SIBS-A-BP24 < SIBS-A- nonBP***

d = 1.48

     

SIBS-A-BP24 < SIBS-TD***

d = 1.43

     

SIBS-A-nonBP = SIBS-TD

d = .20

Note: SIBS-A-BP14 = siblings of children with autism who revealed difficulties within the broad phenotype of autism at age 14 months; SIBS-A-BP24 = siblings of children with autism who revealed difficulties within the broad phenotype of autism at age 24 months; SIBS-A-nonBP = siblings who did not reveal such difficulties; SIBS-TD = siblings of children with typical development

* P < .05, *** P < .005, **** P < .001

https://static-content.springer.com/image/art%3A10.1007%2Fs10803-006-0341-5/MediaObjects/10803_2006_341_Fig3_HTML.gif
Fig. 3

Expressive language score: developmental trajectories of SIBS-A and SIBS-TD

At age 24 months, an overall group effect emerged among the four groups on the RDLS expressive score (F(3, 72) = 8.40, P = .00, ηp2 = .26). According to the post-hoc LSD tests, as a group, SIBS-A-BP14 revealed a significantly lower expressive score than both SIBS-A-nonBP and SIBS-TD. As a group, SIBS-A-BP24 also revealed a significantly lower expressive score than both SIBS-A-nonBP and SIBS-TD. Examination of the effect sizes revealed a large effect for the comparison between SIBS-A-BP14 and SIBS-A-BP24. Thus at age 24 months, similar to the findings regarding receptive language ability, SIBS-A-BP24 had a lower expressive language score compared to SIBS-A-BP14.

At age 36 months, significant differences also emerged among the four groups for the CELF-P expressive score (F(3, 73) = 10.98, P = .00, ηp2 = .31). According to the post-hoc LSD tests, as a group, SIBS-A-BP14 revealed a significantly higher expressive score than SIBS-A-BP24 and a significantly lower score than both SIBS-A-nonBP and SIBS-TD. As a group, SIBS-A-BP24 revealed a significantly lower expressive score than both SIBS-A-nonBP and SIBS-TD. Examination of effect sizes did not reveal any additional differences.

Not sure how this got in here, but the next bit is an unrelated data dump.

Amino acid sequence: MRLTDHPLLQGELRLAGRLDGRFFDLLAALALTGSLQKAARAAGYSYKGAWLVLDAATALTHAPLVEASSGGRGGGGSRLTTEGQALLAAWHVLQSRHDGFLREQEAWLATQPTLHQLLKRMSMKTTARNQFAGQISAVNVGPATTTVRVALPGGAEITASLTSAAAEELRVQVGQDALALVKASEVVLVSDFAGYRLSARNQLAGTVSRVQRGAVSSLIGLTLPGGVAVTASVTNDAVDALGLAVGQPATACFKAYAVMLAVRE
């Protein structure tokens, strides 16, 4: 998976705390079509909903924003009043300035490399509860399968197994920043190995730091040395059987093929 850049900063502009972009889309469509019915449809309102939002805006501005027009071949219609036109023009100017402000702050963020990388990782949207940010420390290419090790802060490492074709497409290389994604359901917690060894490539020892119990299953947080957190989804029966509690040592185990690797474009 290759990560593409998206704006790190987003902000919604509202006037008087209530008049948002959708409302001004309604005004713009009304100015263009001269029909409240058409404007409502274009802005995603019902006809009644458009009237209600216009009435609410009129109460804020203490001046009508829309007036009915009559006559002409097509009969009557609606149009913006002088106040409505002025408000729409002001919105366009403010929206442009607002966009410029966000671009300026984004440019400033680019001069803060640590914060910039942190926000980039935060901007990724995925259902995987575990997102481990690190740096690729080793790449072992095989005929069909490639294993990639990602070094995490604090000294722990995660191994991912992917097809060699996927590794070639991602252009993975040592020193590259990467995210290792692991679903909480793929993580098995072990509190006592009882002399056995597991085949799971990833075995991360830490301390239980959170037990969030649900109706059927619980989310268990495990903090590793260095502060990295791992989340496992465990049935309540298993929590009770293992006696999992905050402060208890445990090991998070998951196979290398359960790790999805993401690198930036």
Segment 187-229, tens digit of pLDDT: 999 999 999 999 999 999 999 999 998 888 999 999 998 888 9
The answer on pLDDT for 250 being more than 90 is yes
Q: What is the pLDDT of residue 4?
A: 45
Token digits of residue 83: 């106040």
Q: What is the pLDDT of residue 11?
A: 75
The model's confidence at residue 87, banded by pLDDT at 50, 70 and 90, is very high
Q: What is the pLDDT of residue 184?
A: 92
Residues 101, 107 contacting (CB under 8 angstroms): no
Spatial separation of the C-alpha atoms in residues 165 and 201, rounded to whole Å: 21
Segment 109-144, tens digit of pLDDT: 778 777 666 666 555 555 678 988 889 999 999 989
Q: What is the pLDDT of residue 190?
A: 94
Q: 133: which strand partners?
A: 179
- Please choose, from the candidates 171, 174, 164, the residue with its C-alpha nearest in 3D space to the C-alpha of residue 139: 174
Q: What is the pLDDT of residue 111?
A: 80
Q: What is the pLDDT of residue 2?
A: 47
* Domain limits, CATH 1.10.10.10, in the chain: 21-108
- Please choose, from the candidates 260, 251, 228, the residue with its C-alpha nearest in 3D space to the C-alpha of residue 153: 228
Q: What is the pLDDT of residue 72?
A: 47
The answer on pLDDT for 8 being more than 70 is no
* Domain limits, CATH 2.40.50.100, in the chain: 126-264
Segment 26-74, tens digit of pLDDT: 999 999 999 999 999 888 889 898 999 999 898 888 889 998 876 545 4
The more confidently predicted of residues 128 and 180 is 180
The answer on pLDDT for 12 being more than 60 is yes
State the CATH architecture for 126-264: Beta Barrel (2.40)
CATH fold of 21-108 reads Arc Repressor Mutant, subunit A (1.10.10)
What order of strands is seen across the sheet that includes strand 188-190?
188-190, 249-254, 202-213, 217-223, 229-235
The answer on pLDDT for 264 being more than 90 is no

At 54 months of age, a significant overall group effect emerged among the four groups on the CELF-P expressive score (F(3, 72) = 3.18, P = .03, ηp2 = .12). According to the post-hoc LSD tests, only the SIBS-A-BP24 subgroup revealed a significantly lower expressive score than both SIBS-A-nonBP and SIBS-TD. Yet examination of effect sizes revealed that similar to age 24 months and to findings regarding receptive language, SIBS-A-BP14 had a higher expressive language score compared to SIBS-A-BP24 now at age 54 months.

Clinical and/or Educational Interventions